Scrap Processors

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Peterson: With more EAFs in play, which feed will rise to the top?

Written by Ray Peterson

As I have been watching steel scrap prices rise and fall over the last number of years I have noticed a few things that I think might be important as we move forward and the steel industry becomes more dependent upon Electric Arc Furnaces.

When I got to Pittsburgh in January 1974, the steel industry was dominated by the integrated mills. There were even open hearth furnaces still melting at that time. As the EPA flexed its muscle and began to shut down coke batteries, the electric furnaces began their rise. EAFs were few and far between but now they represent approximately 70% of domestic capacity.

The favorite scrap feed for EAFs has become shredded scrap for several reasons such as its ability to be automatically charged, to fill voids in the furnace, and to melt rapidly. The name of the game is to reduce tap-to-tap times and shred is a major player in that game. Things like #1 busheling and #1 bundles have lost favor because you have to lift the top of the furnace to charge them, they don’t melt as fast, and bundles have a habit of breaking electrodes.

If you have been paying attention, you will notice that the price of shred is getting very close to #1 busheling and #1 bundles in most markets, and the mills pushed prime scrap down as much as $40/gt or $50/gt in June while being relatively gentle with shred at down $20/gt.

Of course prime scrap still has an analytical advantage over shred. “Scrap substitutes” are significantly more expensive than even prime scrap, but it seems that the mills might be getting a bit nervous about the availability of good shredded scrap going forward, hence the more modest price reduction.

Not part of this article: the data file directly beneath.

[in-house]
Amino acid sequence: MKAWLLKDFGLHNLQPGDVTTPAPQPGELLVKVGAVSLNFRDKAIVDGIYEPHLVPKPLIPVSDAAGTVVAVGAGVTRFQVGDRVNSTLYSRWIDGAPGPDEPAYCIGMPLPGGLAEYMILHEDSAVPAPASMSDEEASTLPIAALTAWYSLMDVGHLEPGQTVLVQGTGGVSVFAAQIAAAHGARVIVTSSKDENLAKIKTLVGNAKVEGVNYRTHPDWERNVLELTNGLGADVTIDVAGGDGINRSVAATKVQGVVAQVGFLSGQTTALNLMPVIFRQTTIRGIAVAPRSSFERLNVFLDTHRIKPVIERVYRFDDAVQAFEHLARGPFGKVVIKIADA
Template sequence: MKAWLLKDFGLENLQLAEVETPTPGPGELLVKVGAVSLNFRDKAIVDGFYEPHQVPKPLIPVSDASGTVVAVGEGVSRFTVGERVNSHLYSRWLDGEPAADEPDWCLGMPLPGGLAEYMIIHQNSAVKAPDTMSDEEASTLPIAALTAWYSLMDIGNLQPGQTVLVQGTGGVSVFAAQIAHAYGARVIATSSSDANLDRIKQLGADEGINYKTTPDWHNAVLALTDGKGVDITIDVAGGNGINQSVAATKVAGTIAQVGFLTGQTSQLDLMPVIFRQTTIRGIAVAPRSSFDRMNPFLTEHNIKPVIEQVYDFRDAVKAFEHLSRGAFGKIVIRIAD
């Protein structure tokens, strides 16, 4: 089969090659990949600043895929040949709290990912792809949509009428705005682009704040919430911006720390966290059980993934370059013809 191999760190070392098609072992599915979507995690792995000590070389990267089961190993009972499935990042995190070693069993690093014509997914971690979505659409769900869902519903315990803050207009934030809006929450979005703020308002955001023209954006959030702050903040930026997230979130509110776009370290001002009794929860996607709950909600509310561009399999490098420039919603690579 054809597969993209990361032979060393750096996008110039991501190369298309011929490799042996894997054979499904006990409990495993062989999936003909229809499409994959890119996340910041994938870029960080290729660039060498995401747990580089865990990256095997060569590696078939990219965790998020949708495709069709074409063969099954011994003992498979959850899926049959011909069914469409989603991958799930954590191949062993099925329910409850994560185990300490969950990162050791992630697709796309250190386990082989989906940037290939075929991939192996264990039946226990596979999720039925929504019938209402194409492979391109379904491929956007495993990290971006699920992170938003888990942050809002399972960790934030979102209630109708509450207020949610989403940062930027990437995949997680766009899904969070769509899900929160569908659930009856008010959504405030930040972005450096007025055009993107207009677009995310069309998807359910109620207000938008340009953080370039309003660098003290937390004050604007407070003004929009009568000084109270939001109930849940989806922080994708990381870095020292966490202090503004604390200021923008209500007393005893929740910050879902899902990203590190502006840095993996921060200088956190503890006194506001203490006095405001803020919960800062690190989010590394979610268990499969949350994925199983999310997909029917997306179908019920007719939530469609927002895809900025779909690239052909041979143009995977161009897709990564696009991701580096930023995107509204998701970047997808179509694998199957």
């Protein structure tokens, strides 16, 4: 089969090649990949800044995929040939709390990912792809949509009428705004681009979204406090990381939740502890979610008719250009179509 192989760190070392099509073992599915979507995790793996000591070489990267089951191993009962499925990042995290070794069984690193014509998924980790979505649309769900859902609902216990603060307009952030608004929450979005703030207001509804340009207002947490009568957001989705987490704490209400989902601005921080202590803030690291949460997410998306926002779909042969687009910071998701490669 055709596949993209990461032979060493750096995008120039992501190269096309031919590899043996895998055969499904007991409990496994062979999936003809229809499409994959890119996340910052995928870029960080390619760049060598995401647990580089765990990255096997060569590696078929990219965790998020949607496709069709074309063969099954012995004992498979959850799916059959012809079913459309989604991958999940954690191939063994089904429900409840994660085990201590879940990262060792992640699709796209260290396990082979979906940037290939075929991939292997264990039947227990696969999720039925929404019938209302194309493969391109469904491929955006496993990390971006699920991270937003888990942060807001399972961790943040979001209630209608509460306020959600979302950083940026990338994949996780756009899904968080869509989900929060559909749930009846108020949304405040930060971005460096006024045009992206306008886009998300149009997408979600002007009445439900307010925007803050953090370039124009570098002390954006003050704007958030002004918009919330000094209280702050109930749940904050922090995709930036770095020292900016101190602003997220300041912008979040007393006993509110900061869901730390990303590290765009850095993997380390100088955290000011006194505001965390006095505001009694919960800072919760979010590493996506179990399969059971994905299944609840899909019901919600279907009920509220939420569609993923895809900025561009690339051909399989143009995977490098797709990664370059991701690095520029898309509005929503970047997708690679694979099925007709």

Shredder feed comes primarily from peddlers dragging stuff across the scale at the local dealer or from auto wreckers. Both sources are sensitive to pricing. Scrappers hate high fuel prices for their pick-up trucks and low prices across the scales. Auto wreckers have already made their profits from selling parts, so they are willing to sit on the hulks if the prices are not attractive. They are essentially selling the “squeal out of the pig” when somebody comes in and flattens the hulks and drags them off.

HMS #1 has fallen out of favor at a number of mills recently so I am sure a portion of that grade ends up in shredders but by the time you add on the processing cost, it becomes a significantly more expensive grade.

So, what do I see on the horizon? Essentially equality between shred and prime scrap pricing for the foreseeable future.

Shredding has not been the most profitable business the past few years so the mills have to protect their favorite source of scrap. You might have noticed that a couple of the bigger EAF owners also own scrap yards and shredders so they know what it costs to produce their preferred grade.

It is hard to imagine prime scrap being shredded but if the pricing adjusts down the road, it could certainly happen despite the added cost. It would certainly sweeten the quality of most shredded scrap and might save some money spent on pig iron or DRI.

It is just my opinion, and I could be wrong, but we will see.

Ray Peterson

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